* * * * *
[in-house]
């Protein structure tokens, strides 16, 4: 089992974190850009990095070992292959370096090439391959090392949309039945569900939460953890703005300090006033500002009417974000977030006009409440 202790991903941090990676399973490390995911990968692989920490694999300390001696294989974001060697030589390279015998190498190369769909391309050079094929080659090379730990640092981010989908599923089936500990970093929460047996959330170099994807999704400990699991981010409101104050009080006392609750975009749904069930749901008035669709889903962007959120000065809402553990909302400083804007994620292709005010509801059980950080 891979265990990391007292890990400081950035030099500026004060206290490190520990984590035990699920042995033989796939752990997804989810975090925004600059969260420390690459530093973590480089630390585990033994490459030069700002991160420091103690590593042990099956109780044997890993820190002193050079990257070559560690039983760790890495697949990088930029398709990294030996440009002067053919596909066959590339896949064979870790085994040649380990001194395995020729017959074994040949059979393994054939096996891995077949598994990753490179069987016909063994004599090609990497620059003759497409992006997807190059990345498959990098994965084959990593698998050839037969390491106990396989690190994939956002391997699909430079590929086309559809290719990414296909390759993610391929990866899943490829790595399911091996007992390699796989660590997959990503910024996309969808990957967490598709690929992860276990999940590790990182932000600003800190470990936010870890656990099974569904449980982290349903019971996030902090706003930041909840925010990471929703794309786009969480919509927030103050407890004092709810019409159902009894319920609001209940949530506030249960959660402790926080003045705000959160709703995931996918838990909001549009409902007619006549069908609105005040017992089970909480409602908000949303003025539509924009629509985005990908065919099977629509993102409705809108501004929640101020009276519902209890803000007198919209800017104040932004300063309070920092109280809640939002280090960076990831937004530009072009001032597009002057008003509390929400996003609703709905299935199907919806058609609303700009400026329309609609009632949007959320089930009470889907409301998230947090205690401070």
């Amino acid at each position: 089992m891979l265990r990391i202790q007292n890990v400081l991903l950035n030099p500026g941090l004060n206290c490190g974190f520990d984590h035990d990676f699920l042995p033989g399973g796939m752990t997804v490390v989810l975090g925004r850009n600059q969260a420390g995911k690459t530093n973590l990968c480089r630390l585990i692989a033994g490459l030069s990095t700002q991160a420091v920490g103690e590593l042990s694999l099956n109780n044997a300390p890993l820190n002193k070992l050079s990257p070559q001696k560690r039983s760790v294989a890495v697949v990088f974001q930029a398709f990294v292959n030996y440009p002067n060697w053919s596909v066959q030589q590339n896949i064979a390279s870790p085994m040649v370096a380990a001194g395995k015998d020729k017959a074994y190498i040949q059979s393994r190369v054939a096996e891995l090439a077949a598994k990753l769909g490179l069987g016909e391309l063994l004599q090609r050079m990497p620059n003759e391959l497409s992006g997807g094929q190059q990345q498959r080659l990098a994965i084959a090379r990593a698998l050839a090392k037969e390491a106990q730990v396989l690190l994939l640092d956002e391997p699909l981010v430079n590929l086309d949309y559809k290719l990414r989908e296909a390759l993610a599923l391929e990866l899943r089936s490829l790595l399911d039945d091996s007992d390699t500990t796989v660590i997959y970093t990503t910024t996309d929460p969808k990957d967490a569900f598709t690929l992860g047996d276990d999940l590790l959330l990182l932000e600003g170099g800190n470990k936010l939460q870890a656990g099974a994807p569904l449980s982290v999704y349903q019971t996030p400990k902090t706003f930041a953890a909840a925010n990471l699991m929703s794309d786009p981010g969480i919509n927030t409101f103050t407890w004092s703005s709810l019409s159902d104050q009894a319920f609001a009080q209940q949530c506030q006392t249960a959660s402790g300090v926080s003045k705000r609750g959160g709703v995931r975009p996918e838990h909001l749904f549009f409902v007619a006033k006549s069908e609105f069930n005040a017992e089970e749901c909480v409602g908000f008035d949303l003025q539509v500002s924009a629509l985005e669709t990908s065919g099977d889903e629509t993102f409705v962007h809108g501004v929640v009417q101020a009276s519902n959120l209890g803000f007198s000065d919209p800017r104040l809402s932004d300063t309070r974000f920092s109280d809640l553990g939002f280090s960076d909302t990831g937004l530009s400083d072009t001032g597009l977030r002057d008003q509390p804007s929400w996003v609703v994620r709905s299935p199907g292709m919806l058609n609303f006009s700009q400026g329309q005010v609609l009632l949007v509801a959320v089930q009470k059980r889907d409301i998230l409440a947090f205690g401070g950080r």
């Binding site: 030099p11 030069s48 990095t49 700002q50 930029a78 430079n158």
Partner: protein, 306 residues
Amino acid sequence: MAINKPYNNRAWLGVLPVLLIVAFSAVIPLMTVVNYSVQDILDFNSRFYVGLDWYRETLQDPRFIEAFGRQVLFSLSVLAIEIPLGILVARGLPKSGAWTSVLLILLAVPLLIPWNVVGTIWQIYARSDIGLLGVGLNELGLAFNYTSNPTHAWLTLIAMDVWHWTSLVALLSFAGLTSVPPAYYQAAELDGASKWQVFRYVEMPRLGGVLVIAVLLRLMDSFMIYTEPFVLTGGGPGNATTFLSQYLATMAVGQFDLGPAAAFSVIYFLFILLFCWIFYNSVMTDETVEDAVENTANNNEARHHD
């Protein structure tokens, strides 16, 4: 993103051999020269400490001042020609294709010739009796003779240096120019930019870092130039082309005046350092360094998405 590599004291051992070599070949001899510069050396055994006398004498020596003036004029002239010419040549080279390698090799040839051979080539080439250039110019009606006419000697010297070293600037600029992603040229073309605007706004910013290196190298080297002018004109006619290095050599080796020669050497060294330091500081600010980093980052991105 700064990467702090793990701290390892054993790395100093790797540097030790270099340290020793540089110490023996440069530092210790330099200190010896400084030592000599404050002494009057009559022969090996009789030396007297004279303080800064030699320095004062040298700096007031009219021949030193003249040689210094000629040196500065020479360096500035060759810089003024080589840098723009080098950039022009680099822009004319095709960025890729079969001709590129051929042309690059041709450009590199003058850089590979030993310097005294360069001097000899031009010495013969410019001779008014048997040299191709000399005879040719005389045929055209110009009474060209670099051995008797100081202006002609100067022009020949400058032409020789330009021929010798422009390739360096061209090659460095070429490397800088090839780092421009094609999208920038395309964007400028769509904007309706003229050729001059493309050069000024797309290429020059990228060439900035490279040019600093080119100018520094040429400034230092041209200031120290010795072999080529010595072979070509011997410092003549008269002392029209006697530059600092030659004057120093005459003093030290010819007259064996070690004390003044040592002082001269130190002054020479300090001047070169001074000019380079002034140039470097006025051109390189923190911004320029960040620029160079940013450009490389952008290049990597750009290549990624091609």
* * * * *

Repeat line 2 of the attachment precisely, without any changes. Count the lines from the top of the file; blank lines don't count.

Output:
């Protein structure tokens, strides 16, 4: 089992974190850009990095070992292959370096090439391959090392949309039945569900939460953890703005300090006033500002009417974000977030006009409440 202790991903941090990676399973490390995911990968692989920490694999300390001696294989974001060697030589390279015998190498190369769909391309050079094929080659090379730990640092981010989908599923089936500990970093929460047996959330170099994807999704400990699991981010409101104050009080006392609750975009749904069930749901008035669709889903962007959120000065809402553990909302400083804007994620292709005010509801059980950080 891979265990990391007292890990400081950035030099500026004060206290490190520990984590035990699920042995033989796939752990997804989810975090925004600059969260420390690459530093973590480089630390585990033994490459030069700002991160420091103690590593042990099956109780044997890993820190002193050079990257070559560690039983760790890495697949990088930029398709990294030996440009002067053919596909066959590339896949064979870790085994040649380990001194395995020729017959074994040949059979393994054939096996891995077949598994990753490179069987016909063994004599090609990497620059003759497409992006997807190059990345498959990098994965084959990593698998050839037969390491106990396989690190994939956002391997699909430079590929086309559809290719990414296909390759993610391929990866899943490829790595399911091996007992390699796989660590997959990503910024996309969808990957967490598709690929992860276990999940590790990182932000600003800190470990936010870890656990099974569904449980982290349903019971996030902090706003930041909840925010990471929703794309786009969480919509927030103050407890004092709810019409159902009894319920609001209940949530506030249960959660402790926080003045705000959160709703995931996918838990909001549009409902007619006549069908609105005040017992089970909480409602908000949303003025539509924009629509985005990908065919099977629509993102409705809108501004929640101020009276519902209890803000007198919209800017104040932004300063309070920092109280809640939002280090960076990831937004530009072009001032597009002057008003509390929400996003609703709905299935199907919806058609609303700009400026329309609609009632949007959320089930009470889907409301998230947090205690401070």